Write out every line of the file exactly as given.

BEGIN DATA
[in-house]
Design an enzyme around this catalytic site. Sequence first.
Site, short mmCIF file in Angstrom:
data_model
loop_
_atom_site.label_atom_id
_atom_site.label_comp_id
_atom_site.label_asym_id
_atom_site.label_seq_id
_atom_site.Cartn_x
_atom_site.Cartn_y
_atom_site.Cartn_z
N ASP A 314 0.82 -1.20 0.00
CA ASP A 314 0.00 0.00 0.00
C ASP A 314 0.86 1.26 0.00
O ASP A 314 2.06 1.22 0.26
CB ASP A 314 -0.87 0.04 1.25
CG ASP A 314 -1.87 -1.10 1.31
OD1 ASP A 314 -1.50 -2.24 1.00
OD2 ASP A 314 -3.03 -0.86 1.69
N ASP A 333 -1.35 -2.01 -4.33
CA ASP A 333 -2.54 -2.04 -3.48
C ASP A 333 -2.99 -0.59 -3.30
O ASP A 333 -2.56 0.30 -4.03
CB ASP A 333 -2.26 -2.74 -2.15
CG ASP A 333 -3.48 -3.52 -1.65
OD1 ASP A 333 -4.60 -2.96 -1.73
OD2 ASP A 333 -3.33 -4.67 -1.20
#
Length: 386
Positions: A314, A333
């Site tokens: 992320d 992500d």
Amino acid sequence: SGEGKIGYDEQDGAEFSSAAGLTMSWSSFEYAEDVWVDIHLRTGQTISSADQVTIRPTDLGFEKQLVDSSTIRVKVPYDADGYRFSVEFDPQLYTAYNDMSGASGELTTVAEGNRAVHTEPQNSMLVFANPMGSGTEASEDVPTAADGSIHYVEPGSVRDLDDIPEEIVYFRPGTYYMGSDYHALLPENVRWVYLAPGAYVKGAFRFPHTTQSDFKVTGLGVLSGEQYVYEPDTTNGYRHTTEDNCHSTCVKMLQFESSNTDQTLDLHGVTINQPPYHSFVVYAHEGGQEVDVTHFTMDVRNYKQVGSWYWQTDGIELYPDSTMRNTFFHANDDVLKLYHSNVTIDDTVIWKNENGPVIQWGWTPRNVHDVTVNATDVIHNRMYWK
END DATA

[in-house]
Design an enzyme around this catalytic site. Sequence first.
Site, short mmCIF file in Angstrom:
data_model
loop_
_atom_site.label_atom_id
_atom_site.label_comp_id
_atom_site.label_asym_id
_atom_site.label_seq_id
_atom_site.Cartn_x
_atom_site.Cartn_y
_atom_site.Cartn_z
N ASP A 314 0.82 -1.20 0.00
CA ASP A 314 0.00 0.00 0.00
C ASP A 314 0.86 1.26 0.00
O ASP A 314 2.06 1.22 0.26
CB ASP A 314 -0.87 0.04 1.25
CG ASP A 314 -1.87 -1.10 1.31
OD1 ASP A 314 -1.50 -2.24 1.00
OD2 ASP A 314 -3.03 -0.86 1.69
N ASP A 333 -1.35 -2.01 -4.33
CA ASP A 333 -2.54 -2.04 -3.48
C ASP A 333 -2.99 -0.59 -3.30
O ASP A 333 -2.56 0.30 -4.03
CB ASP A 333 -2.26 -2.74 -2.15
CG ASP A 333 -3.48 -3.52 -1.65
OD1 ASP A 333 -4.60 -2.96 -1.73
OD2 ASP A 333 -3.33 -4.67 -1.20
#
Length: 386
Positions: A314, A333
């Site tokens: 992320d 992500d």
Amino acid sequence: SGEGKIGYDEQDGAEFSSAAGLTMSWSSFEYAEDVWVDIHLRTGQTISSADQVTIRPTDLGFEKQLVDSSTIRVKVPYDADGYRFSVEFDPQLYTAYNDMSGASGELTTVAEGNRAVHTEPQNSMLVFANPMGSGTEASEDVPTAADGSIHYVEPGSVRDLDDIPEEIVYFRPGTYYMGSDYHALLPENVRWVYLAPGAYVKGAFRFPHTTQSDFKVTGLGVLSGEQYVYEPDTTNGYRHTTEDNCHSTCVKMLQFESSNTDQTLDLHGVTINQPPYHSFVVYAHEGGQEVDVTHFTMDVRNYKQVGSWYWQTDGIELYPDSTMRNTFFHANDDVLKLYHSNVTIDDTVIWKNENGPVIQWGWTPRNVHDVTVNATDVIHNRMYWK